A Week of Kindness in the Wake of Sadness

High school students and staff offer gestures of support after the death of Woodbury teacher Aisha Fraser


Juliet Tonkin

Baskets for Woodbury and Mercer schools await delivery. They were part of the high school community’s efforts to display kindness this week.

Shaker staff and students took steps this week to help ease the return to school after the death of Woodbury Elementary School teacher Aisha Fraser.

On Monday, Nov. 26, students joined the athletic department in passing out Hershey Kisses to students and staff entering Woodbury, where Fraser worked for 16 years, and Mercer Elementary, where her youngest daughter attends school.

Third-grade Mercer teacher Barbara Rose shared the impact this simple action had on her that morning. “I hardly slept last night because I was so worried about today. Your caring gesture literally washed much of that stress away and enabled me to walk in with a smile on my face. It was exactly what I needed,” she said.

Athletic Director Don Readance said the effort emerged from speaking to students over the last few weeks who wanted to do some positive things to uplift spirits of students and faculty. Tuesday, the cheerleading team also passed out candy at the high school during lunch periods. Students who received candy expressed appreciation.

“It was really nice. It was, like, really unexpected and sweet,” sophomore Kayla Roth said.

“I personally feel like it was a good gesture with everything going on. It’s nice to know someone is thinking about us,” junior Olivia McDowell said.

Mary Bourisseau, a counselor at the high school, recognized how disheartening the loss of Fraser is to staff —  especially to colleagues who worked closest with her. She organized six baskets of treats and two baskets filled with nearly 400 notes of compassion and support. High school staff contributed to writing the kind notes.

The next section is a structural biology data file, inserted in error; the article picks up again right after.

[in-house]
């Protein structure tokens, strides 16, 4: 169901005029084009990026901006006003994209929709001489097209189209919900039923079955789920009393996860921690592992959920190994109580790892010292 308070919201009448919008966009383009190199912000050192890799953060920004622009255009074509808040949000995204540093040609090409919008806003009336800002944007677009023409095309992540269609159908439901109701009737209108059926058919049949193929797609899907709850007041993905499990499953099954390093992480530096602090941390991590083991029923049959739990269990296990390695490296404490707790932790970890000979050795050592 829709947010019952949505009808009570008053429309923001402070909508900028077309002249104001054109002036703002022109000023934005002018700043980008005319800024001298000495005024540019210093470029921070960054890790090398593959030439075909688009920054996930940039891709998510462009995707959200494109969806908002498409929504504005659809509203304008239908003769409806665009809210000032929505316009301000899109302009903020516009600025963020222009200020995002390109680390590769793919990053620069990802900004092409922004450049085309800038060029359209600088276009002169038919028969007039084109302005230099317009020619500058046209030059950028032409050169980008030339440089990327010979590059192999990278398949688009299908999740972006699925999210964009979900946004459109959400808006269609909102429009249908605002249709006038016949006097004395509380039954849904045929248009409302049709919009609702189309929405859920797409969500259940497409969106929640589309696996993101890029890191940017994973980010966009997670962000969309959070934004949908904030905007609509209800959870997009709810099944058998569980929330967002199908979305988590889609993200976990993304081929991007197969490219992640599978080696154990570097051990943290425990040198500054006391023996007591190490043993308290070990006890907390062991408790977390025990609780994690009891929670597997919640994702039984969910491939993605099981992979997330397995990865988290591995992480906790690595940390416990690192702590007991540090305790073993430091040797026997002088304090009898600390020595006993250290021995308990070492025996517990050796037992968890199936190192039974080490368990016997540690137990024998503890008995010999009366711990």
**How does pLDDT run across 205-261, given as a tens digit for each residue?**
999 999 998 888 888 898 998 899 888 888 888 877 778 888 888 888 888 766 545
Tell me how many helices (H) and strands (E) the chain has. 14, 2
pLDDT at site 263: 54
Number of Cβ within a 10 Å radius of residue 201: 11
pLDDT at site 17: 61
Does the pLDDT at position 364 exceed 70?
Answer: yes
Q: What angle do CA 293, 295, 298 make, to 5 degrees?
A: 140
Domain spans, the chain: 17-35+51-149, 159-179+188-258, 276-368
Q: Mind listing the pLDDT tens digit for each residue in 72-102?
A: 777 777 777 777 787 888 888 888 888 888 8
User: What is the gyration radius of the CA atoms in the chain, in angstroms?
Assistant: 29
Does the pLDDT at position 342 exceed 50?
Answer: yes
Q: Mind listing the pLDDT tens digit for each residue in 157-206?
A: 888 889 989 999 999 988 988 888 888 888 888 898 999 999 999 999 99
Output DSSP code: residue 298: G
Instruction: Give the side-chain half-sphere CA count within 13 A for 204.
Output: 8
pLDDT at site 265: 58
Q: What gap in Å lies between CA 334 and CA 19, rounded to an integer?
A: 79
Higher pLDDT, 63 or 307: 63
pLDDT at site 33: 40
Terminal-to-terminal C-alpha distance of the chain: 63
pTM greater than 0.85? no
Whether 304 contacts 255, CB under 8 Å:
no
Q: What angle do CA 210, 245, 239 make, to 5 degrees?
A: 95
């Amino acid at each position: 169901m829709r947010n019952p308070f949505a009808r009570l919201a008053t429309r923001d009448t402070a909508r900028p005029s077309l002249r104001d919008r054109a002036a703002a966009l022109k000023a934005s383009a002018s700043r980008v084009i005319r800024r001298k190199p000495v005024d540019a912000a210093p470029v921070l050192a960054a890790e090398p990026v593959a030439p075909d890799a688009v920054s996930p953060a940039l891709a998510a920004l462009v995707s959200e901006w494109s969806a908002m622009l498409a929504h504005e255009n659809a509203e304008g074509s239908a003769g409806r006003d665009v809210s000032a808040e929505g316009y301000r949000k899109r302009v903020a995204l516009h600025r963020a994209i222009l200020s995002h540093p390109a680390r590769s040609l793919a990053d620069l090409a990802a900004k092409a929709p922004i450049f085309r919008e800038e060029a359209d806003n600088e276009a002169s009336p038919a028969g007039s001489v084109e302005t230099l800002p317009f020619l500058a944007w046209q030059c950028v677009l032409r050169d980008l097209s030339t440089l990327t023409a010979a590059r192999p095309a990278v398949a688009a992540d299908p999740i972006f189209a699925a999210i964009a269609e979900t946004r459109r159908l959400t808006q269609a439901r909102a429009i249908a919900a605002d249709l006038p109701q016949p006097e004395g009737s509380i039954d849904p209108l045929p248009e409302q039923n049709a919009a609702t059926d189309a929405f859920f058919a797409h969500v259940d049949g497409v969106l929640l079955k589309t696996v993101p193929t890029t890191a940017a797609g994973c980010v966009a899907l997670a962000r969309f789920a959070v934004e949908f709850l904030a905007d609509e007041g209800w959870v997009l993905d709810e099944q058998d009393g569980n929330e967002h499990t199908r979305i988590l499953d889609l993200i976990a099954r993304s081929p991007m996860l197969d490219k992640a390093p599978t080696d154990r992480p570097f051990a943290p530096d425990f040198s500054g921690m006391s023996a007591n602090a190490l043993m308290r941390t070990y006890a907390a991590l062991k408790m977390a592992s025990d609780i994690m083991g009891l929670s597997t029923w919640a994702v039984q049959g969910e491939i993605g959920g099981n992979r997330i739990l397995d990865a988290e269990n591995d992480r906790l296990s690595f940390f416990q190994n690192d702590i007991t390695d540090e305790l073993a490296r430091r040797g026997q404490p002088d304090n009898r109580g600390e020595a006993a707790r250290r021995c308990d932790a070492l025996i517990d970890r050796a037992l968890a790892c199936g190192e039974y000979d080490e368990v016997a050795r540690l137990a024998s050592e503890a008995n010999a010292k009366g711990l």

Bourisseau said note-writers were paired with Woodbury peers. “We split up the staff by discipline, so English teachers wrote to English teachers, custodians wrote to custodians, security wrote to security,” she said. “And then teachers also wrote to any teachers they might know personally.”

The baskets were sent to the elementary schools on Wednesday.

On Thursday, students and staff wore purple, the color for domestic violence awareness, in honor of Fraser.

“It was nice way to show solidarity and come together as a community,” senior Christos Ioannou said.  

Freshman Kylie Farrell said, “I wanted to stand up against domestic violence.”

Continued support for Fraser’s family and especially her children is evident. The gofundme.com page for her two daughters, Audrey and Ava, has reached more than $160,000.

Former Cuyahoga County Common Pleas Judge Lance Mason, Fraser’s estranged husband, was indicted for her murder Nov. 29. He faces six charges: aggravated murder, murder, violating a protection order, grand theft, and two counts of felonious assault. One count of felonious assault is related to allegedly causing harm to Shaker Heights police officer Adam Flynt by use of an automobile as Mason tried to flee his home after stabbing Fraser.

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